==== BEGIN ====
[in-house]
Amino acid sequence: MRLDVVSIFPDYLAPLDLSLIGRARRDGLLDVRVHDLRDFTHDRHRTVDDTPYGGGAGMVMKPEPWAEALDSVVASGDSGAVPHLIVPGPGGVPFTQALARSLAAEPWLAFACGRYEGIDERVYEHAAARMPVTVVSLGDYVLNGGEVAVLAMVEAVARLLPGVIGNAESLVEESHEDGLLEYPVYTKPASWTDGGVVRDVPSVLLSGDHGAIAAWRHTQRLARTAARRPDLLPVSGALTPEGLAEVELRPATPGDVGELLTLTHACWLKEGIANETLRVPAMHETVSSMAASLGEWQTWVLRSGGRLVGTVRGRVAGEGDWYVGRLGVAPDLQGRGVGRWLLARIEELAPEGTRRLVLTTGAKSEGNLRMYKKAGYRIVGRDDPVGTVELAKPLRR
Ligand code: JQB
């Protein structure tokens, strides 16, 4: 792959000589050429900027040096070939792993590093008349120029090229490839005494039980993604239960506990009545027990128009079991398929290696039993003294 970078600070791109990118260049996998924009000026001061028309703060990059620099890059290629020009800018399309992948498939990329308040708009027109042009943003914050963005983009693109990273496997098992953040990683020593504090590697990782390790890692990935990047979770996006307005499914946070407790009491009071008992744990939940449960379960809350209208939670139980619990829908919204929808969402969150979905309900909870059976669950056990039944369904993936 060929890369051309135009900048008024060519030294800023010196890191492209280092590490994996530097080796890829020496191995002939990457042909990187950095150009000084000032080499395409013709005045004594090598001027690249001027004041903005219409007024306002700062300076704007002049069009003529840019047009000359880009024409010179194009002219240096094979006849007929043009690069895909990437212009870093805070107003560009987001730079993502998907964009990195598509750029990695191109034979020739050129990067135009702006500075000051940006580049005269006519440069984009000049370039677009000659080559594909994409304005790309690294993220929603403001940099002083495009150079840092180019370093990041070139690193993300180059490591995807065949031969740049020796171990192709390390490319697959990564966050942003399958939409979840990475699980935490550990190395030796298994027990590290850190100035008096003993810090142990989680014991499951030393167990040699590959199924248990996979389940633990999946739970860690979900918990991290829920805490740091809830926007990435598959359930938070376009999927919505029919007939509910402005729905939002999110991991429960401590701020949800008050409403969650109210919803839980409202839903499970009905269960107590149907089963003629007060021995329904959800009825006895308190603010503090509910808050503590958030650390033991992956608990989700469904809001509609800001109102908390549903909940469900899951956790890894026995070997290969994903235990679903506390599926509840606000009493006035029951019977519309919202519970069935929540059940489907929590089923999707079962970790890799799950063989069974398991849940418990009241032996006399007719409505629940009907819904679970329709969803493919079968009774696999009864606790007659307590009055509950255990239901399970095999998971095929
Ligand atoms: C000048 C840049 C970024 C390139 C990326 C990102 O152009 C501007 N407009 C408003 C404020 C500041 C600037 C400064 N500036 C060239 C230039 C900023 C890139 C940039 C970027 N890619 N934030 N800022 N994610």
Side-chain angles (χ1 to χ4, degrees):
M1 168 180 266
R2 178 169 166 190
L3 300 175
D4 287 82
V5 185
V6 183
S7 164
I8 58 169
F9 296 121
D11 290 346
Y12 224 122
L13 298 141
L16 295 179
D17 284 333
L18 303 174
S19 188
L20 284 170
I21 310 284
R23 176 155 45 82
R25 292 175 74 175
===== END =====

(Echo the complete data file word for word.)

[in-house]
Amino acid sequence: MRLDVVSIFPDYLAPLDLSLIGRARRDGLLDVRVHDLRDFTHDRHRTVDDTPYGGGAGMVMKPEPWAEALDSVVASGDSGAVPHLIVPGPGGVPFTQALARSLAAEPWLAFACGRYEGIDERVYEHAAARMPVTVVSLGDYVLNGGEVAVLAMVEAVARLLPGVIGNAESLVEESHEDGLLEYPVYTKPASWTDGGVVRDVPSVLLSGDHGAIAAWRHTQRLARTAARRPDLLPVSGALTPEGLAEVELRPATPGDVGELLTLTHACWLKEGIANETLRVPAMHETVSSMAASLGEWQTWVLRSGGRLVGTVRGRVAGEGDWYVGRLGVAPDLQGRGVGRWLLARIEELAPEGTRRLVLTTGAKSEGNLRMYKKAGYRIVGRDDPVGTVELAKPLRR
Ligand code: JQB
């Protein structure tokens, strides 16, 4: 792959000589050429900027040096070939792993590093008349120029090229490839005494039980993604239960506990009545027990128009079991398929290696039993003294 970078600070791109990118260049996998924009000026001061028309703060990059620099890059290629020009800018399309992948498939990329308040708009027109042009943003914050963005983009693109990273496997098992953040990683020593504090590697990782390790890692990935990047979770996006307005499914946070407790009491009071008992744990939940449960379960809350209208939670139980619990829908919204929808969402969150979905309900909870059976669950056990039944369904993936 060929890369051309135009900048008024060519030294800023010196890191492209280092590490994996530097080796890829020496191995002939990457042909990187950095150009000084000032080499395409013709005045004594090598001027690249001027004041903005219409007024306002700062300076704007002049069009003529840019047009000359880009024409010179194009002219240096094979006849007929043009690069895909990437212009870093805070107003560009987001730079993502998907964009990195598509750029990695191109034979020739050129990067135009702006500075000051940006580049005269006519440069984009000049370039677009000659080559594909994409304005790309690294993220929603403001940099002083495009150079840092180019370093990041070139690193993300180059490591995807065949031969740049020796171990192709390390490319697959990564966050942003399958939409979840990475699980935490550990190395030796298994027990590290850190100035008096003993810090142990989680014991499951030393167990040699590959199924248990996979389940633990999946739970860690979900918990991290829920805490740091809830926007990435598959359930938070376009999927919505029919007939509910402005729905939002999110991991429960401590701020949800008050409403969650109210919803839980409202839903499970009905269960107590149907089963003629007060021995329904959800009825006895308190603010503090509910808050503590958030650390033991992956608990989700469904809001509609800001109102908390549903909940469900899951956790890894026995070997290969994903235990679903506390599926509840606000009493006035029951019977519309919202519970069935929540059940489907929590089923999707079962970790890799799950063989069974398991849940418990009241032996006399007719409505629940009907819904679970329709969803493919079968009774696999009864606790007659307590009055509950255990239901399970095999998971095929
Ligand atoms: C000048 C840049 C970024 C390139 C990326 C990102 O152009 C501007 N407009 C408003 C404020 C500041 C600037 C400064 N500036 C060239 C230039 C900023 C890139 C940039 C970027 N890619 N934030 N800022 N994610």
Side-chain angles (χ1 to χ4, degrees):
M1 168 180 266
R2 178 169 166 190
L3 300 175
D4 287 82
V5 185
V6 183
S7 164
I8 58 169
F9 296 121
D11 290 346
Y12 224 122
L13 298 141
L16 295 179
D17 284 333
L18 303 174
S19 188
L20 284 170
I21 310 284
R23 176 155 45 82
R25 292 175 74 175